EME164 Series Filter Kits
The Mini-Kits EME164 PC Board has been designed for constructing simple filters using either conventional leaded, or SMD components, and fits into a Hammond 1590A enclosure. Kit part numbers are prefixed for filter type, ( LPF Low Pass, BPF Band Pass or HPF High Pass ), the number after is the filter order, followed by the band or frequency in MHz. These filters are easy to construct, and require minimal alignment if constructed as per the Kit notes.
Please Note: These filters are designed for receiver applications only and are not designed for transmitting power over 10 Watts through. Many older Transceivers has a receiver loop through on the back panel that can be used to connect to external filters.
1/ There are no current alerts.
The HFP11-1M8 is a 11th order 1.8MHz high pass filter, and has been designed to protect HF receivers from overload or inter modulation caused by very high AM broadcast band signals. The images below show both sides of the board. The filter uses a number of 1206 size 630v NPO SMD capacitors that are easily fitted to the bottom side of the board, and the inductors are wound using T50-1 Toroids. The filter essentially is no tune, and no alignment or test equipment is required. The filter can be fitted on most 100W HF Transceivers and is designed for up to 50 watts PEP on 1.8MHz, and 100 watts PEP above 3MHz.
The LFP9-0M5 is a 9th order 500kHz low pass filter, and has been designed to protect NDB receivers from overload or inter modulation caused by very high AM broadcast band signals. The image below shows where most of the components and wire links are fitted. There are no component that need to be fitted on the bottom side of the board. The filter essentially is no tune, and no alignment or test equipment is required. The filter is not designed for transmitter applications but will handle up to 10 Watts CW.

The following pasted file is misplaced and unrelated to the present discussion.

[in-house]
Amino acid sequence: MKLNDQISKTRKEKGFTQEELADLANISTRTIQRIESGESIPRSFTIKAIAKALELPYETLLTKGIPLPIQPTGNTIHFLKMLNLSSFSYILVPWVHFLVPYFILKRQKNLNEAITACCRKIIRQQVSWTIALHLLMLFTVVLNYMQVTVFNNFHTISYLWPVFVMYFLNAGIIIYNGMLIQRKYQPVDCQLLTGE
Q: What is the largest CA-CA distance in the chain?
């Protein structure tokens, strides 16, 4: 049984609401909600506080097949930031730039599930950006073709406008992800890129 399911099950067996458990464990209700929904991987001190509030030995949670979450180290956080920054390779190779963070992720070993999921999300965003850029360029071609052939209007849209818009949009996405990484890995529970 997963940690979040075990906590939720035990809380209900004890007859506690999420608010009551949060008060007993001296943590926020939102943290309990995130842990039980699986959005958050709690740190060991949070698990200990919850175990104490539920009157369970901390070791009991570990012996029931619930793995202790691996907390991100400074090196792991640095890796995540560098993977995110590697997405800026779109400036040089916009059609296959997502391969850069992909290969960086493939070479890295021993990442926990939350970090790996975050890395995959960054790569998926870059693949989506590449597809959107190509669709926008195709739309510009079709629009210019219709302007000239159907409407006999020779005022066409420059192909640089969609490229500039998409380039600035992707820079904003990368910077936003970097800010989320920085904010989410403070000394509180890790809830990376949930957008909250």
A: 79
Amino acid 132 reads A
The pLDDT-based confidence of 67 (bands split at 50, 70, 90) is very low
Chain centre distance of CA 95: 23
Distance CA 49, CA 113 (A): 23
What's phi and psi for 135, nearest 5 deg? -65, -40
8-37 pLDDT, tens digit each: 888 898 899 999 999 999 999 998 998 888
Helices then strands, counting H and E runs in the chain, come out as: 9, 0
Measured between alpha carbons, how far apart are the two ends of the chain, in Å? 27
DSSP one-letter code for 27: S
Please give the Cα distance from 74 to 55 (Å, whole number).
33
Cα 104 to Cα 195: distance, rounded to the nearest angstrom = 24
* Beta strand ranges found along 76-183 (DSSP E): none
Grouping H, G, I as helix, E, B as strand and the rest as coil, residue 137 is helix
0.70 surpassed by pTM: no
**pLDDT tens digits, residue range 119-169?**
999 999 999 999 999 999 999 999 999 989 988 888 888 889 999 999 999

This is for advanced constructors that have experience and access to a workshop with metal working tools. The basic tool requirements are a drill press, Vice, M1.5, M3, M9, drill bits, scriber, metal punch, and a hammer.
There can be some variations with connectors, and mounting hardware thicknesses that may require some experimentation when mounting boards into enclosures
Place the bare PCB into the enclosure and mark the 4x mounting holes for drilling. Centre punch and drill the holes with a 3mm diameter drill. On the bottom side of the board use a counter sinking bit and drill to suit the M3x6mm countersunk screws. Mark and drill two 9mm holes for the BNC chassis connectors, and file one side to a flat to suit the connector body. hole to suit.
Fit the M3x6mm hex spacers to the enclosure using the M3x6mm countersunk screws fitting the M3 washers between the enclosure and spacers. This is to allow for the countersinking depth and the screws thread so that the screws can be fully tightened. See the picture above
Mount the PC board into the enclosure using the M3x6mm Phillips screws. Make sure that you have the board ready for connecting to the BNC connector as it is more difficult once the connectors are fitted to fix things after.
Fit the BNC connectors and mount the shake proof washers and carefully tighten the nuts. In most cases the lug supplied with the BNC connectors are not required as the grounding between the enclosure and PC board is quite good.
Finally solder some 0.7mm wire from the PC board RF connections to the BNC connectors.
1/ Most problems associated with these Kits not working is that one of the wire links has not been put into the board, or a inductor has not been correctly wound. Carefully check that all wire links have been fitted and that the Toroids have the correct turns and all have been fitted into the correct holes as shown on the board overlay diagram.